Since the pbkfile contents are observation-dependent, there is no default other than "NONE". In this case, no dead area correction is applied and the dafile should also be set to "NONE". If pbkfile is set to a valid file, then the dafile parameter must also refer to a calibration file.
The pbkfile parameter is ignored for HRC data.
Parameter=threshold (float default=0 min=0 max=1)
Fractional threshold cut for FEF regions
Any FEF region that has a weight (counts or spectrum weighted counts) below the fractional threshold of the total will be ignored from the calcuation of the ARF and will not go into the weights file. This can be used to exclude regions that only minially contribute to the over-all spectrum/flux and thus speed up the generation of the RMFs by mkrmf.
The final fractional contribution (in the 'FRACTION' column in the weight file output) can be less than the threshold parameter since the thresholding is done and then the fractions of the remaining regions are re-normalized.
The total weight/flux can be reduced by more than the threshold percent if, for example, there are many low counts regions and a single bright region. The low count regions individually could be less than the threshold of the total, but the sum of the flux/counts from these regions could be more (considerably more) than the threshold.
Parameter=feffile (file filetype=ARD default=CALDB)
The FEF file containing the calibration areas.
In most case this parameter should be left at its default value of CALDB. The name of the FEF file selected by the tool is output if the verbose value is set to 2 or greater and is also included in the header of the output files as the FEFFILE keyword.
The verbose=2 output when running mkwarf looks like:
Mapping response regions to FEF regions FEF File: /soft/ciao/CALDB/data/chandra/acis/fef_pha/acisD2000-01-29fef_pha_ctiN0001.fits Mapping response regions to FEF regions. Done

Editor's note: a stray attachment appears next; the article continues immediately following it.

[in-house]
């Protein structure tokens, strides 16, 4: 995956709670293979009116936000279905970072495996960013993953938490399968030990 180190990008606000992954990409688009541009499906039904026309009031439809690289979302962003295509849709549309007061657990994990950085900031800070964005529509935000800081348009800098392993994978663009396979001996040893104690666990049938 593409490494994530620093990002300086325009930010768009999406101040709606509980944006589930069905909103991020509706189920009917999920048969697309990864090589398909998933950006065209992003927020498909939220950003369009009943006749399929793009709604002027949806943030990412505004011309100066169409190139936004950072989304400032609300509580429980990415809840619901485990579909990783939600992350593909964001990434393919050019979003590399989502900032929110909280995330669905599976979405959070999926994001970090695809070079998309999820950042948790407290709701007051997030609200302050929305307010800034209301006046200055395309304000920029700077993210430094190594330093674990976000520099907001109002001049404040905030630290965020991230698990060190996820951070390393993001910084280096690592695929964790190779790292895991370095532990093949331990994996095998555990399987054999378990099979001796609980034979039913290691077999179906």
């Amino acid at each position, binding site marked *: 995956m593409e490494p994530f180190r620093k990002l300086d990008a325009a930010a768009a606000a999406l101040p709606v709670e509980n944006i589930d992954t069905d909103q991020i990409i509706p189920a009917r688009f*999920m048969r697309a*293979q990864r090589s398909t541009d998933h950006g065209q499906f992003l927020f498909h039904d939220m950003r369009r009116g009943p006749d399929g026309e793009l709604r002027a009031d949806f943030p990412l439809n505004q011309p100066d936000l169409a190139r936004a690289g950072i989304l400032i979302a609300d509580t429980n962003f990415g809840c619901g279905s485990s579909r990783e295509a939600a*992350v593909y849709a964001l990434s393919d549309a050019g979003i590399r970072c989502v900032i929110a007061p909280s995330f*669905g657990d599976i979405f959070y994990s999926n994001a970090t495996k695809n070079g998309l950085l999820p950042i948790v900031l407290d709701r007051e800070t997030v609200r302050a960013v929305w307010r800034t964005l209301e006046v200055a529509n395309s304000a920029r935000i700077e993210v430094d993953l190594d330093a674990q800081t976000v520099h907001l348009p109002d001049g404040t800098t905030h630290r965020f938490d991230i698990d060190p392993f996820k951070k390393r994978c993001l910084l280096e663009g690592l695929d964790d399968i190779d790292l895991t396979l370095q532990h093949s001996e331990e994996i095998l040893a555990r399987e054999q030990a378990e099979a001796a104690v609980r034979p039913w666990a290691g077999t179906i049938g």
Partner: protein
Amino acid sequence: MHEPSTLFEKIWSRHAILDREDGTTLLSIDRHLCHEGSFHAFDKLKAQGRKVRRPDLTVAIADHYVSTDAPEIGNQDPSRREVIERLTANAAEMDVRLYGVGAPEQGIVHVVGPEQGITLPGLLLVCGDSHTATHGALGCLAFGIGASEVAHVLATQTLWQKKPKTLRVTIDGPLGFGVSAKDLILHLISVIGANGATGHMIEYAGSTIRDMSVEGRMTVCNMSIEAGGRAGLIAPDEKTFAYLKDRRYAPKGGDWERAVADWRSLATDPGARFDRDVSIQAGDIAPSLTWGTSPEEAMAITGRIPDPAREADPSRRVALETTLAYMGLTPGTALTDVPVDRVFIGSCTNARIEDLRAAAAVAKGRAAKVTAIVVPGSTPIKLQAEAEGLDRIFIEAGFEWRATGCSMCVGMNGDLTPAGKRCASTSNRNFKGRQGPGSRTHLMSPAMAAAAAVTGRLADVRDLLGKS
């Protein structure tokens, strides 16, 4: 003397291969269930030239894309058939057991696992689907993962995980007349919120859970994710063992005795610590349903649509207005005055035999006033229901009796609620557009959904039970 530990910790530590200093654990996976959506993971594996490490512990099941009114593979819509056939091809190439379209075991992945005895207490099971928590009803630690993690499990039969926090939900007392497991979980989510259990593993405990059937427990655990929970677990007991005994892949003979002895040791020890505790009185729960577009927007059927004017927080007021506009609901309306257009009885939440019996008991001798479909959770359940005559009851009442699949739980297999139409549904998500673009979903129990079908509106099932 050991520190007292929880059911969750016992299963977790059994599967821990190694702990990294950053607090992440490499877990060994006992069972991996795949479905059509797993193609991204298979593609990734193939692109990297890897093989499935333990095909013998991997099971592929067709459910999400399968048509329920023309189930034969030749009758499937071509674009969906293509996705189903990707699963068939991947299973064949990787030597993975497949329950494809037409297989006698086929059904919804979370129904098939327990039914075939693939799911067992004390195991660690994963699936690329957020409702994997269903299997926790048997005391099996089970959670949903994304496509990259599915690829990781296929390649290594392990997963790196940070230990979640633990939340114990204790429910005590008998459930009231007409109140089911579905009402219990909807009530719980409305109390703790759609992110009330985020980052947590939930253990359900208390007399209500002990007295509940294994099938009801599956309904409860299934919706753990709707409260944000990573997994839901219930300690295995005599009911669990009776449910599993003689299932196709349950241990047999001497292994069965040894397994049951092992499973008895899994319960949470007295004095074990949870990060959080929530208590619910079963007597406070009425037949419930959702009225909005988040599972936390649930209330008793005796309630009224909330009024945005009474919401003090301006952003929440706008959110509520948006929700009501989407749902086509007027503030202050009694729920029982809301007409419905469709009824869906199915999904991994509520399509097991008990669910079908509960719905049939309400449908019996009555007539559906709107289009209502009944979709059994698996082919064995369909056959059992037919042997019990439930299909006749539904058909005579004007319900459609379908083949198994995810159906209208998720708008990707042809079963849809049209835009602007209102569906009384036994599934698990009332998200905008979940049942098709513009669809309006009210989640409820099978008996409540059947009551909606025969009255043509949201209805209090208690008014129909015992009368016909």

and the FEFFILE value can be found from the header using the dmkeypar tool:
unix% dmkeypar spectrum.wgt feffile echo+ /soft/ciao/CALDB/data/chandra/acis/fef_pha/acisD2000-01-29fef_pha_ctiN0002.fits
Parameter=mskfile (file default=)
The detector mask file
The mask file (msk1.fits) for the observation. The mask file is needed in particular when a window or subarray was used. A value of "NONE" indicates that no mask file will be applied.
More information on the mask file is available in the CIAO Dictionary.
Parameter=asolfile (file stacks=yes)
If the aspect solution file(s) - pcad*_asol1.fits - for the observation are provided, the average dy, dz, and dtheta values are computed and are used to adjust the SIM alignment. This reduces problems seen when the WMAP is at the edge of the chip, causing the mapping from detector to chip coordinates to fail.
Multiple aspect solution files may be provided as a comma-separated list or as a stack; see "ahelp stack" for more information.
Parameter=mirror (string default=HRMA)
The ARDLIB mirror parameter; can use additional qualifiers to change mirror response.
Parameter=detsubsysmod (string default=)
A modifier that is added to the detector name sent into ARDLIB.
Unlike some other ARDLIB enabled tools; mkwarf runs on multiple chips and as such does not have a detsubsys parameter. This parameter allows one to modify the internal detsubsys value to allow the response product to be modified. Things such as detector QE/U can be overridden (see "ahelp ardlib" for more information).
Parameter=dafile (string filetype=input default=CALDB)
ACIS "dead area" coefficients file, which may have the values "NONE" (no dead area computation), CALDB (for automatic lookup), or an explicit file reference to an ACIS "dead area" coefficients FITS table.